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Global desertification vulnerability map
Lake Chad in a 2001 satellite image, with the actual lake in blue. The lake has shrunk by 94% since the 1960s.[1]

Desertification is a type of land degradation in which a relatively dry land region becomes increasingly arid, typically losing its bodies of water as well as vegetation and wildlife.[2] It is caused by a variety of factors, such as climate change and human activities.[3] Desertification is a significant global ecological and environmental problem.[4]


  • Definitions 1
  • History 2
  • Areas affected 3
  • Vegetation patterning 4
  • Causes 5
  • Poverty 6
  • Countermeasures and prevention 7
    • Managed grazing 7.1
  • See also 8
  • References 9
  • Bibliography 10
  • External links 11


Considerable controversy exists over the proper definition of the term "desertification" for which Helmut Geist (2005) has identified more than 100 formal definitions.The most widely accepted[2] of these is that of the Princeton University Dictionary which defines it as "the process of fertile land transforming into desert typically as a result of deforestation, drought or improper/inappropriate agriculture".[5]
Desertification has been neatly defined in the text of the United Nations Convention to Combat Desertification (UNCCD) as "land degradation in arid, semi-arid and dry sub-humid regions resulting from various factors, including climatic variations and human activities."[6]

The earliest known discussion of the topic arose soon after the French colonization of West Africa, when the Comité d'Etudes commissioned a study on desséchement progressif to explore the prehistoric expansion of the Sahara Desert.[7]


The world's most noted deserts have been formed by natural processes interacting over long intervals of time. During most of these times, deserts have grown and shrunk independent of human activities. Paleodeserts are large sand seas now inactive because they are stabilized by vegetation, some extending beyond the present margins of core deserts, such as the Sahara, the largest hot desert.[8]

Desertification has played a significant role in human history, contributing to the collapse of several large empires, such as Carthage, Greece, and the Roman Empire, as well as causing displacement of local populations.[4][9][10][11][12] Historical evidence shows that the serious and extensive land deterioration occurring several centuries ago in arid regions had three epicenters: the Mediterranean, the Mesopotamian Valley, and the loessial plateau of China, where population was dense.[9][13]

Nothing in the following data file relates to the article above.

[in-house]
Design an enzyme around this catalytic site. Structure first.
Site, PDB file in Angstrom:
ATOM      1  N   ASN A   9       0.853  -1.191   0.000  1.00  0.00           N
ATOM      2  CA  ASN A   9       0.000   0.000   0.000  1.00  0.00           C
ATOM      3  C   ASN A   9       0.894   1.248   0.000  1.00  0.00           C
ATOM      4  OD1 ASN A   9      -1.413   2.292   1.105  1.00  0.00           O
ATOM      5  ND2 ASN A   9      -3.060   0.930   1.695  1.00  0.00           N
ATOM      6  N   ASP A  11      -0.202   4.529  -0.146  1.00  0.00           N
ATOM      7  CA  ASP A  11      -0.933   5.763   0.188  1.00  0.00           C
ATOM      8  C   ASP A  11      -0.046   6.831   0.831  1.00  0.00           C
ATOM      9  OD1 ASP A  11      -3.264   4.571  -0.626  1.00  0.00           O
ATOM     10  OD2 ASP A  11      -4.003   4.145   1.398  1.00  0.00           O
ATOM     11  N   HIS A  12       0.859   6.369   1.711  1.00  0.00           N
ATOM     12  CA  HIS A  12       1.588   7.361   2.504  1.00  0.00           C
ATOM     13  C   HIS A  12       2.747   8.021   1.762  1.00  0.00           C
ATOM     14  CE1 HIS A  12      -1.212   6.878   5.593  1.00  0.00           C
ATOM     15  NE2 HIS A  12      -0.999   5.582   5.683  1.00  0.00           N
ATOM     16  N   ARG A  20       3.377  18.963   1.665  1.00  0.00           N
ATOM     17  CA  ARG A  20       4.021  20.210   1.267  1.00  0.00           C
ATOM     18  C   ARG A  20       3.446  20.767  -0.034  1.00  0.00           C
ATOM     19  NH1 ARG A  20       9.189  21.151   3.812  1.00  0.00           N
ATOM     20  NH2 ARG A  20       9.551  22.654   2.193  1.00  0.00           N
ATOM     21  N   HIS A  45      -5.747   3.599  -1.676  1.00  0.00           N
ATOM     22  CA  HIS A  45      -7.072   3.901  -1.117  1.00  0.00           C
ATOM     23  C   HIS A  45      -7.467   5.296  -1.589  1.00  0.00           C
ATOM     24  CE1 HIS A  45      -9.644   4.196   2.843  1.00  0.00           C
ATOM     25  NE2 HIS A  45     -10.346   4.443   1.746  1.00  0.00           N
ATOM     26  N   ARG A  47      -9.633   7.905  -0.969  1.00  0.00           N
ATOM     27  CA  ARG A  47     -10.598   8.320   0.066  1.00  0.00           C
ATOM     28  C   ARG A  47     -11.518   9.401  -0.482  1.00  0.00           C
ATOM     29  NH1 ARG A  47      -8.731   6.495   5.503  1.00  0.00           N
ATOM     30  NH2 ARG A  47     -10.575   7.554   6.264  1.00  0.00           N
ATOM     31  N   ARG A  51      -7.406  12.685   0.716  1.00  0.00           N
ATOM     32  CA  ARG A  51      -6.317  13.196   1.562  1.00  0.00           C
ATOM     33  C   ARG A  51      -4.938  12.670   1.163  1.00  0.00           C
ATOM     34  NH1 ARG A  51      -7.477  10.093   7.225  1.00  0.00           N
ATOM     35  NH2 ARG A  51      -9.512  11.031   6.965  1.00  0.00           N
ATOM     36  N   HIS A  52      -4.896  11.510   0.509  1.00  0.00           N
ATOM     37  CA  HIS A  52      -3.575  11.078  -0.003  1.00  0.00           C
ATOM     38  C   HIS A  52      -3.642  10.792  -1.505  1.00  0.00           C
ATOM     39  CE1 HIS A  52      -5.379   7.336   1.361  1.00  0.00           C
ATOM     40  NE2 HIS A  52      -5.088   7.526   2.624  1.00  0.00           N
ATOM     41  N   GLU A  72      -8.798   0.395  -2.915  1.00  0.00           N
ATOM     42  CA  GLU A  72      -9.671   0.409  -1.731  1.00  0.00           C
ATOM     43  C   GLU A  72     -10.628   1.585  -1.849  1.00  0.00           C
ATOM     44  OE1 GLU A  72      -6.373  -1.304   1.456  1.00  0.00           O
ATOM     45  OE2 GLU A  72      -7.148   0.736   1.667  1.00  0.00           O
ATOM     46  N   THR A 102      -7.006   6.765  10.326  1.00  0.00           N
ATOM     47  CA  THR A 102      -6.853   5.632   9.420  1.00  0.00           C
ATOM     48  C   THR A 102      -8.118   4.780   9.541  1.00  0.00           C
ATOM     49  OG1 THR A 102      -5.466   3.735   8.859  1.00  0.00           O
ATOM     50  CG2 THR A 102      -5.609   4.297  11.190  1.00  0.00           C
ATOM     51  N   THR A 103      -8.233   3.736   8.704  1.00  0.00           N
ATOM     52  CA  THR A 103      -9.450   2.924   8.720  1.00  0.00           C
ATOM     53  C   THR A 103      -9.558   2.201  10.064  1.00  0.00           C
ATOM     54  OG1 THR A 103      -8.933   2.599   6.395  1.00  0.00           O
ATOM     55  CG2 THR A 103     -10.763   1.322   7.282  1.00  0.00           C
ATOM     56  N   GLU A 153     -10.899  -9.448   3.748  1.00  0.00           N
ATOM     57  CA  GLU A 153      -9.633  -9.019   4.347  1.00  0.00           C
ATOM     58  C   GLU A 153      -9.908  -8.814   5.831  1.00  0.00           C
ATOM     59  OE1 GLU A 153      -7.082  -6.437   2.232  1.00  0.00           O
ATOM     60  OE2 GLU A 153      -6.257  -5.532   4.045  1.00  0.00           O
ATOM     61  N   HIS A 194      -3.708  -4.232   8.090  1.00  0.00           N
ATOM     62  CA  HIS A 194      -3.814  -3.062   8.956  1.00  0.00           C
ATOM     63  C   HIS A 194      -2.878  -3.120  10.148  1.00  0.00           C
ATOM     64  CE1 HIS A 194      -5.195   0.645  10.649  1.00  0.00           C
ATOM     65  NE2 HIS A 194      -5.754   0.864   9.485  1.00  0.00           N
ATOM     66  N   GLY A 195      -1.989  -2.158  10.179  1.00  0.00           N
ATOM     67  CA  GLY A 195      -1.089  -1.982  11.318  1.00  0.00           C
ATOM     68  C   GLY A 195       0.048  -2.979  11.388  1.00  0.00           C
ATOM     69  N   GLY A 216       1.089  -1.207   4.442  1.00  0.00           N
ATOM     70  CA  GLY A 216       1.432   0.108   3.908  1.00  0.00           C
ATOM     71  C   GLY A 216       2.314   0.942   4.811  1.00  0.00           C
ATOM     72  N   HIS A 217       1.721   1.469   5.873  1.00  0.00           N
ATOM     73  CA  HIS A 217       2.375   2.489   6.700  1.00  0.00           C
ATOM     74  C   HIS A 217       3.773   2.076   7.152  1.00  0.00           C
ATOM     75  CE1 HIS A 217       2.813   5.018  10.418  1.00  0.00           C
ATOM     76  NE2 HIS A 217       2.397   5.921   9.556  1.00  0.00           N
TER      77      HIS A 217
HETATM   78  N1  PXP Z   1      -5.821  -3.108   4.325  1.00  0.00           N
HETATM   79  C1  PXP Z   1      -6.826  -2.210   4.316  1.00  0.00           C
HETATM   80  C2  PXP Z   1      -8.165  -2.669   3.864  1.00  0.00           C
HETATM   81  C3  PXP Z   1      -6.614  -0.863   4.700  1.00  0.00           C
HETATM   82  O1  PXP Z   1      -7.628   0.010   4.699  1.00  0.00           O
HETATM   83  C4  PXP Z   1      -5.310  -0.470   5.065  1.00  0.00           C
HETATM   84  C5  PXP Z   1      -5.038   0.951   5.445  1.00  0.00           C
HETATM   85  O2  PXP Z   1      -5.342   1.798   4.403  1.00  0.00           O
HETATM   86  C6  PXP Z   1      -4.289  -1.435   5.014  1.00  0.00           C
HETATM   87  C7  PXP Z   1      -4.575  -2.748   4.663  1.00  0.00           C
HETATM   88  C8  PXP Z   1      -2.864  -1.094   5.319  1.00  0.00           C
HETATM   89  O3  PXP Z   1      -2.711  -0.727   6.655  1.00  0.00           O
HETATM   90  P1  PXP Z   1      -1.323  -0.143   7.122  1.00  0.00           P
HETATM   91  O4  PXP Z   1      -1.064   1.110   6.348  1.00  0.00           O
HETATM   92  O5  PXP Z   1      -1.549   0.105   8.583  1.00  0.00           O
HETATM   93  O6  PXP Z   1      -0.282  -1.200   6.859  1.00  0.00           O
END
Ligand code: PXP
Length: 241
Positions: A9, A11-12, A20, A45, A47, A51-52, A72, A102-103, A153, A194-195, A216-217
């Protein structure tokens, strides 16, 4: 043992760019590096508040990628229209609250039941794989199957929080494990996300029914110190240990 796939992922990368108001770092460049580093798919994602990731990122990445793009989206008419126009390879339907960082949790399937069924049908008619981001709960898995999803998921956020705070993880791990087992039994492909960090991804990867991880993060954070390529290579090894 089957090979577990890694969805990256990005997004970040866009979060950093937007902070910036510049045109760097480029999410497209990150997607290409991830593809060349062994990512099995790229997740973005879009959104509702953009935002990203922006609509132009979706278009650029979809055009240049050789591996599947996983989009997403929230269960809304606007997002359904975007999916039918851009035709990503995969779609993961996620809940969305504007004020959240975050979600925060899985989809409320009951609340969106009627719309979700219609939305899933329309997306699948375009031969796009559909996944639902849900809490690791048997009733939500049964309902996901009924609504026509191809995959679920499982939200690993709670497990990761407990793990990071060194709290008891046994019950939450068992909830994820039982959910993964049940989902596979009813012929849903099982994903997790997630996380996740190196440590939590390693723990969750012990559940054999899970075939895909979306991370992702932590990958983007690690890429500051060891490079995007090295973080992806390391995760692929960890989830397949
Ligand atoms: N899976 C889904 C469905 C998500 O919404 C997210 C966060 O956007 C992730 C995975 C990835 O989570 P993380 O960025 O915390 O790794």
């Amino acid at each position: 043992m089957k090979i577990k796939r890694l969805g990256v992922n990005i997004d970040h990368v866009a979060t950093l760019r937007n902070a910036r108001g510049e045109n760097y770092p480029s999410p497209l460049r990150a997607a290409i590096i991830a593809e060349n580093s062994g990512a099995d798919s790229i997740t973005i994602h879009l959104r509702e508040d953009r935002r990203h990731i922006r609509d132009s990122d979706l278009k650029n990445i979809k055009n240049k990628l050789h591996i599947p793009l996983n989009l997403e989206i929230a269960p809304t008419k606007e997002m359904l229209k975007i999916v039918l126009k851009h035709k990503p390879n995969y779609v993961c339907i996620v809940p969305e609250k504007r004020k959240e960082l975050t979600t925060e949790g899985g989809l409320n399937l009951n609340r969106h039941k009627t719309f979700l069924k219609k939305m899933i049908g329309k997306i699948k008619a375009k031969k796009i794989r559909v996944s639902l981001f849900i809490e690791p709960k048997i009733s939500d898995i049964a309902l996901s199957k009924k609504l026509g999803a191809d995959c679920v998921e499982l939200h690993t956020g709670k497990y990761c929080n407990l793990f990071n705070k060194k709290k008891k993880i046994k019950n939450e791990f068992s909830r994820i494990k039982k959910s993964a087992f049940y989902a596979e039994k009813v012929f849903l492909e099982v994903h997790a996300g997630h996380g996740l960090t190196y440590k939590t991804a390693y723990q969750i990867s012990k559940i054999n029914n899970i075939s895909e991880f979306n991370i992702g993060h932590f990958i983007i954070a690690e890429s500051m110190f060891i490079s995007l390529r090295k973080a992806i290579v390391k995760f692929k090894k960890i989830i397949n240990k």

Areas affected

Sun, Moon, and large telescopes above the Desert[14]

Drylands occupy approximately 40–41% of Earth’s land area[15][16] and are home to more than 2 billion people.[16] It has been estimated that some 10–20% of drylands are already degraded, the total area affected by desertification being between 6 and 12 million square kilometres, that about 1–6% of the inhabitants of drylands live in desertified areas, and that a billion people are under threat from further desertification.[17][18]

As of 1998, the then-current degree of southward expansion of the Sahara was not well known, due to a lack of recent, measurable expansion of the desert into the Sahel at the time.[19]

Vegetation patterning

As the desertification takes place, the landscape may progress through different stages and continuously transform in appearance. On gradually sloped terrain, desertification can create increasingly larger empty spaces over a large strip of land, a phenomenon known as "Brousse tigrée". A mathematical model of this phenomenon proposed by C. Klausmeier attributes this patterning to dynamics in plant-water interaction.[20] One outcome of this observation suggests an optimal planting strategy for agriculture in arid environments.[21]


Preventing Man-made Overgrazing
Goats inside of a pen in Norte Chico, Chile. Overgrazing of drylands by poorly managed traditional herding is one of the primary causes of desertification.
Wildebeest in Masai Mara during the Great Migration. Overgrazing is not caused by nomadic grazers in huge populations of travel herds,[22][23] nor by holistic planned grazing.[24]

The immediate cause is the removal of most vegetation. This is driven by a number of factors, alone or in combination, such as drought, climatic shifts, tillage for agriculture, overgrazing and deforestation for fuel or construction materials. Vegetation plays a major role in determining the biological composition of the soil. Studies have shown that, in many environments, the rate of erosion and runoff decreases exponentially with increased vegetation cover.[25] Unprotected, dry soil surfaces blow away with the wind or are washed away by flash floods, leaving infertile lower soil layers that bake in the sun and become an unproductive hardpan. Controversially, Allan Savory has claimed that the controlled movement of herds of livestock, mimicking herds of grazing wildlife, can reverse desertification.[26][27][28][29][30]

A shepherd guiding his sheep through the high desert outside of Marrakech, Morocco


At least 90% of the inhabitants of drylands live in developing nations, where they also suffer from poor economic and social conditions.[17] This situation is exacerbated by land degradation because of the reduction in productivity, the precariousness of living conditions and the difficulty of access to resources and opportunities.[31]